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I am curious how WordPress know that if I have a category.php and do the basic loop inside there that when I click on category A I get all of A's posts. The reason I ask, is because I have seen themes that just have an index.php and when you click on Category A in those themes you get all of A's posts, and they do not have a category.php file.

Is there a trick to achieve this?

because if you do:

category.php and inside that do:

if(have_posts()){
    while(have_posts()){
        the_post();
    }
}

You will get all posts for any category link you click on. How ever, as stated some people only have index.php in their theme and when you click on a category link you get all posts for that category, regardless of category clicked on.

Much like global post_id is there a global category_id to query against?

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3 Answers 3

up vote 0 down vote accepted

If you look at the template hierarchy for categories you will see it follows:

  1. category-{slug}.php
  2. category-{id}.php
  3. category.php
  4. archive.php
  5. index.php

As Milo says these templates are just using the loop to display what is already queried, so there template itself does not matter outside load order of the hierarchy.

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Again, this does not answer my question. As stated some people do not have any variation of category.php in their theme as a template any where, yet clicking on a category renderes a page with all that category's posts –  Kyle Adams Feb 18 '13 at 0:55
    
You need to have one of those 5 files present, as shown index.php is the last fallback. The template file does not render the query as Milo stated, it only outputs what the query is, if you want a more detailed answer on how the WordPress query works then state so in your question. In essence the template does not care, it only works with the data available. –  Wyck Feb 18 '13 at 1:01
    
so I do not, need a category.php file. Just a index.php. and then I can do a check and say if is category do this, eslse do that –  Kyle Adams Feb 18 '13 at 1:02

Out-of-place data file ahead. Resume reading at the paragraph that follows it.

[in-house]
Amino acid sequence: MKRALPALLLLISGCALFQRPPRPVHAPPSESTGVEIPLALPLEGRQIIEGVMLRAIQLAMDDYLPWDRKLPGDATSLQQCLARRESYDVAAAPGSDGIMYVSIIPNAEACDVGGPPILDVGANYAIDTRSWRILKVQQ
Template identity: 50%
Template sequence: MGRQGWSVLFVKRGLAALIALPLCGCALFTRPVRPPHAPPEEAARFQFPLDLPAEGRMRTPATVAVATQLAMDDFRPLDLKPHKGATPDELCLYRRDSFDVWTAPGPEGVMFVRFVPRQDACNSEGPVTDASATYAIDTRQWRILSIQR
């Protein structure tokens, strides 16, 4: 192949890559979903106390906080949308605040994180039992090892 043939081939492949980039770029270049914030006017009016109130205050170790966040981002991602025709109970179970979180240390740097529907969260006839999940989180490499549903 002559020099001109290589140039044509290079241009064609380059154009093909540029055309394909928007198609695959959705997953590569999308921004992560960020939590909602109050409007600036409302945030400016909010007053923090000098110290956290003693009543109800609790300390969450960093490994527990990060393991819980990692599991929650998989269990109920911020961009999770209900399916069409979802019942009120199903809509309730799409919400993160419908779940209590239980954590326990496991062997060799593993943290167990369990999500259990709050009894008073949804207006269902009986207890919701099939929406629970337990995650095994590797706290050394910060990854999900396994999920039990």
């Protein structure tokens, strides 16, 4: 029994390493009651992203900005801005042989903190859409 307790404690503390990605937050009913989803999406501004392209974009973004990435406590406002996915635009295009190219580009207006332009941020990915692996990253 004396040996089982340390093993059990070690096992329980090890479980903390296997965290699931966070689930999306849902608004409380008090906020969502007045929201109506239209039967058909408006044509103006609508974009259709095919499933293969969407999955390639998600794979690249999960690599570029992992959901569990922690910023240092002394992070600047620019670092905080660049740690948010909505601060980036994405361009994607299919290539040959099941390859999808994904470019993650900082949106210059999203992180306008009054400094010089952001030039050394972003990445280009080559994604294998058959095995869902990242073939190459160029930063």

That is why it is listed as 1, 2, 3, 4, 5 , those are real numbers and have real meaning in the hierarchy, and yes you only need an index.php to render all WordPress content –  Wyck Feb 18 '13 at 1:03

Index.php defines how to display a loop of posts

category.php does the same thing but it's included when displaying a category archive

WordPress will look for the most specific template it can find, and work backwards until it finds a file that exists, where index.php is the most generic.

So long as the template implements the main loop, it will function correctly. Which template is used has no bearing on the kind of post displayed. Templates are purely visual/aesthetic

The actual fetching of the posts, be they category posts, a single individual post, a page, a date archive etc, is done using query vars, and is done long before WordPress picks which template to use.

  • Your rewrite rules will run some regex to extract some bits of data from the URL.
  • This data is then sanitised and used as query variables ( the details of which you can see in the codex WP_Query page )
  • Based on these query variables, checks are made, and internal values such as 'is_main_loop' and 'is_search' etc are filled in.
  • Now that the query vars are done, we have all we need to execute the main loop, so it is instantiated and setup ready
  • Based on the checks earlier, the template loader now runs. It refers to the main query object, and follows the template hierarchy